Ukrainians are repeatedly kidnapped in the Cherson region. With a mock referendum, Russia wants to seal the receipt here from Friday.
Zhanna Kiseleva, editor of the local newspaper Kachowska Zorja and Kakhovka city council deputy was abducted from her home by Russian soldiers on September 19. Iryna Razumey, a teacher at the local elementary school, disappeared with her. Kachowka, a town of once 50,000 people, is about 90 kilometers east of Cherson, in the region of the same name, occupied by Russian troops since March.
Now Russia wants to continue creating facts here: From Friday to Tuesday the occupiers want to hold a so-called "referendum" on the "annexation" of the Cherson region to the Russian Federation. But the vast majority of locals, apart from a few collaborators, want nothing to do with Russia.
The kidnappings of teachers, doctors, members of parliament, journalists, activists and civil servants, but also of "chance victims" had increased again recently. However, the abductions had already begun in the first weeks of the occupation. I myself was one of the victims of the Russians: from March 12 to March 20 I was illegally and without charge held prisoner and tortured in Nowa Kakhovka and Cherson.
After my release, I was able to escape to Ukrainian-controlled territory and work there again as a journalist. Since then, I've also been working on the team at The Reckoning Project: Ukraine Testifies, an organization that collects and documents testimonies from victims of the Russian occupation.
Many people flee
For the period from February 24 to September 20, we documented the disappearance of 111 civilians in just one neighborhood of Kachowka. But the real numbers are far higher. Many relatives of victims of the Russian occupiers who have disappeared or been imprisoned do not even want to talk to human rights activists or the police about it. But many of those who endured it themselves tell of the overcrowded cells and torture chambers.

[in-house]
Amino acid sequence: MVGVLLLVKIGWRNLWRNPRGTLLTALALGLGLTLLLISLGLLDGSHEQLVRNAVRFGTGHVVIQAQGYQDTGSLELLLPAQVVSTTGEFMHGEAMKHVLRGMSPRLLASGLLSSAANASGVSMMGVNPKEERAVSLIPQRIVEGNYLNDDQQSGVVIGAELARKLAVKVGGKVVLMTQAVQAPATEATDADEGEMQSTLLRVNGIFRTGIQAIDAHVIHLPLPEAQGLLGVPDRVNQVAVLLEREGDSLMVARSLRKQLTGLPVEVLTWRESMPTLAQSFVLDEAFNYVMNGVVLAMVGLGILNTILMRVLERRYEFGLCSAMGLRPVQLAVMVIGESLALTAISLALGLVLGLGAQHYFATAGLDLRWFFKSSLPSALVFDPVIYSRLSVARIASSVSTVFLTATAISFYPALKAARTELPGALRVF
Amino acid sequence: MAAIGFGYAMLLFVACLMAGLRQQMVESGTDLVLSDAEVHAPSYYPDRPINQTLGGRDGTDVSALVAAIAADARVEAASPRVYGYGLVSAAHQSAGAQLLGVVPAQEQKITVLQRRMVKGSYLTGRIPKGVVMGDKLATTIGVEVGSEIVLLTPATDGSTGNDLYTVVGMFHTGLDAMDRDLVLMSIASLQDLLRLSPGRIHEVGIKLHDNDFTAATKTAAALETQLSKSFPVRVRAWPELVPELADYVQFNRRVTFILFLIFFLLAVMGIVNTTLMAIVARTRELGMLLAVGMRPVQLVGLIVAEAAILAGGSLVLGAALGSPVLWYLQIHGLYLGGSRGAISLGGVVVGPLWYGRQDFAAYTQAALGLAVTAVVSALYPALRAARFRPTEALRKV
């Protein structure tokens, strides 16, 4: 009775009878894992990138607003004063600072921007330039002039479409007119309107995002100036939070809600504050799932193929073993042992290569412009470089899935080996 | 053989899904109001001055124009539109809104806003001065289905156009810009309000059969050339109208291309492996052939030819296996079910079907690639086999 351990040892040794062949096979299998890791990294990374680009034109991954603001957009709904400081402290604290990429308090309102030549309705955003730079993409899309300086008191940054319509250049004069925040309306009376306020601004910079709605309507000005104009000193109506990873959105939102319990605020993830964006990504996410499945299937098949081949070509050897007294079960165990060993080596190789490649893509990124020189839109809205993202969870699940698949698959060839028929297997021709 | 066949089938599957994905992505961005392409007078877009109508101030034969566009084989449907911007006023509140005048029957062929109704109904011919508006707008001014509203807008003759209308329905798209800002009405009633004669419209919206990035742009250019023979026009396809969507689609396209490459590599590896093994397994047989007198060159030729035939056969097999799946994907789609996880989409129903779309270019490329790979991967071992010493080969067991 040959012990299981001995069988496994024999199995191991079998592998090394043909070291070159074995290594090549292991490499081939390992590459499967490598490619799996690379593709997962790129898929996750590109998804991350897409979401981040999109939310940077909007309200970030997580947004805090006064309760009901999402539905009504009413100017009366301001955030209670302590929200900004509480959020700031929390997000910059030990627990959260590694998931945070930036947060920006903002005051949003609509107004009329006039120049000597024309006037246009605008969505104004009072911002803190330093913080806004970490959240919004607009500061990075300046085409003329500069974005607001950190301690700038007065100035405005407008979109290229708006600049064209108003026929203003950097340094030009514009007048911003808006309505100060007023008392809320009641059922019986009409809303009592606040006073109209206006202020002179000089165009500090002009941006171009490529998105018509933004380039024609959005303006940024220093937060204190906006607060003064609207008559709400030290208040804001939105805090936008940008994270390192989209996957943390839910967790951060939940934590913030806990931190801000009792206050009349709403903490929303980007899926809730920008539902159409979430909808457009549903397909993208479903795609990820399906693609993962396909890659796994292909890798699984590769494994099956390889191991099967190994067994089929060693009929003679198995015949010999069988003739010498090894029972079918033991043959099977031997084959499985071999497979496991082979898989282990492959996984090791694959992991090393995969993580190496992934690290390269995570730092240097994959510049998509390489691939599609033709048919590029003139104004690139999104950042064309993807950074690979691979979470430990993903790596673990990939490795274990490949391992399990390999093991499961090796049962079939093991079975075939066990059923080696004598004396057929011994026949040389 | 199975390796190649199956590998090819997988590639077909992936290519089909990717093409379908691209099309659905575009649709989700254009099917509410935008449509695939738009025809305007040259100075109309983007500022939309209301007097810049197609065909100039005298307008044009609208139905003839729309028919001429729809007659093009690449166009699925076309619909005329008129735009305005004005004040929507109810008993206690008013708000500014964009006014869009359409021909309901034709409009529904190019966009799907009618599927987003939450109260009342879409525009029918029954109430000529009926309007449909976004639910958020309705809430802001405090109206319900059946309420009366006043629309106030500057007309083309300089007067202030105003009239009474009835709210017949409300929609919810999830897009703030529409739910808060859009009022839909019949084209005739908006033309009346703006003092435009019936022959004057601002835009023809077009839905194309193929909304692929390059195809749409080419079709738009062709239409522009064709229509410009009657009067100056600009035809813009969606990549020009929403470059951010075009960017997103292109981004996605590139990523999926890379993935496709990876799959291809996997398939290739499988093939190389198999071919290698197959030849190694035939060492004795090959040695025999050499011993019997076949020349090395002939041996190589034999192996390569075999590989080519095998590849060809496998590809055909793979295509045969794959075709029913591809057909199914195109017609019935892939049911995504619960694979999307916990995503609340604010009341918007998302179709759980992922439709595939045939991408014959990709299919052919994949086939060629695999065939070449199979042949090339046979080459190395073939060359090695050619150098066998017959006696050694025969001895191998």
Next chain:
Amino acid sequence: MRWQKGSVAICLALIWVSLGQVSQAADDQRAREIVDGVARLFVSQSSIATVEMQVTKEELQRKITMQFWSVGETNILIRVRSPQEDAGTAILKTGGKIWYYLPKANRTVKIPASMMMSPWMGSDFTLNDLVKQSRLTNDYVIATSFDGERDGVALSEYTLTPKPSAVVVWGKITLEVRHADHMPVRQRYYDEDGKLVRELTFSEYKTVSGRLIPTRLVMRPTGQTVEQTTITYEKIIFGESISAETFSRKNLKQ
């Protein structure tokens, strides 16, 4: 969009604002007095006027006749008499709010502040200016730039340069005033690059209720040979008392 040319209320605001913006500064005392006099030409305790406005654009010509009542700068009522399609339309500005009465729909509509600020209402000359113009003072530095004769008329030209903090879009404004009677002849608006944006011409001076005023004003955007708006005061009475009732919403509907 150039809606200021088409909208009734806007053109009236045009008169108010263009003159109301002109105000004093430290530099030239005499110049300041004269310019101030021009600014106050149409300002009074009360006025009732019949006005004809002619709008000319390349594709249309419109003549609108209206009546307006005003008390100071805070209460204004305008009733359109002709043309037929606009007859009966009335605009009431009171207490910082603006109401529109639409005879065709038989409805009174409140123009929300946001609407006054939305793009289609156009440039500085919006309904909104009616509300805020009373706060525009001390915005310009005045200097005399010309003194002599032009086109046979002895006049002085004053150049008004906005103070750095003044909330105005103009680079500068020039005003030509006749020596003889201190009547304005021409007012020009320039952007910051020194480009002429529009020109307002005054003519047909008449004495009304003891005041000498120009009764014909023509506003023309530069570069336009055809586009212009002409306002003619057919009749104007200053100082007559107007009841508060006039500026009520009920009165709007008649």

The Russians beat some of their victims to death. “In early September, civilians were unexpectedly released from a torture chamber on the left bank of the Dnipro in the Kherson region. It turned out that the night before one of the men had suffered cardiac arrest as a result of the torture. The soldiers panicked and tried to cover up the traces of their crimes. They probably dumped the man's body in the Dnipro, as they had done with others," says a relative of a former prisoner from the Kakhovka region.
The mass disappearances of people, the constant shelling of residential areas by the Russian army and the storage of weapons and ammunition in civilian buildings have forced many residents of the Kherson region to flee to Ukrainian-controlled territory. They do it at their own risk because the occupiers have not allowed a single safe escape corridor since the beginning of the war.
Most of them can't take more than a bag or two. Money and food are often confiscated from them at the Russian checkpoints.
Businesses in the region are at a standstill
"I didn't want to leave my hometown. But there was a moment when I realized it was too dangerous to stay. Above all, old people and many, very many Russian soldiers stayed with us. Younger people like me are particularly noticeable there. Sooner or later they would have caught me and put me in the basement,” says 50-year-old Yuri from Nowa Kachowka. He left the Kherson region in August.
A pensioner family stayed in Nowa Kachowka until the end, and they didn't want to read their names in the newspaper. They only decided to flee when Russian soldiers brought weapons and ammunition to the basement of their multi-story apartment building. "That's when we realized that we could just be blown up. Because ammunition can explode, and relying on the Russians to take any precautionary measures would be simply naïve,” the pensioners said when they fled in early September.
According to Volodymyr Kovalenko, mayor of Nowa Kakhovka, 65 percent of the residents of the city of 50,000 have already fled. According to acting mayor Halyna Lugowa, about a third of the 300,000 people in Cherson still live there. And the small town of Hola Prystan has left about 85 percent of its former residents, according to Mayor Switlana Lynnik.
People are constantly leaving the Kherson region, among them are doctors, teachers and other professionals. That is why there are problems with medical care in the Russian-controlled south of Ukraine. Almost all companies are at a standstill, people have lost their jobs. There are known cases of seriously ill people who have committed suicide due to unavailable medication.
Those who remained in the occupied territory of Kherson live in constant fear. Shelling of residential areas, robberies and terror by the Russian army are the order of the day there.
Locals in the region are waiting for the Ukrainian soldiers who could bring peace to their towns and villages. And they hope that none of the crimes committed by the occupiers and their local volunteer "accomplices" will go unpunished.
Translated from the Russian by Gaby Coldewey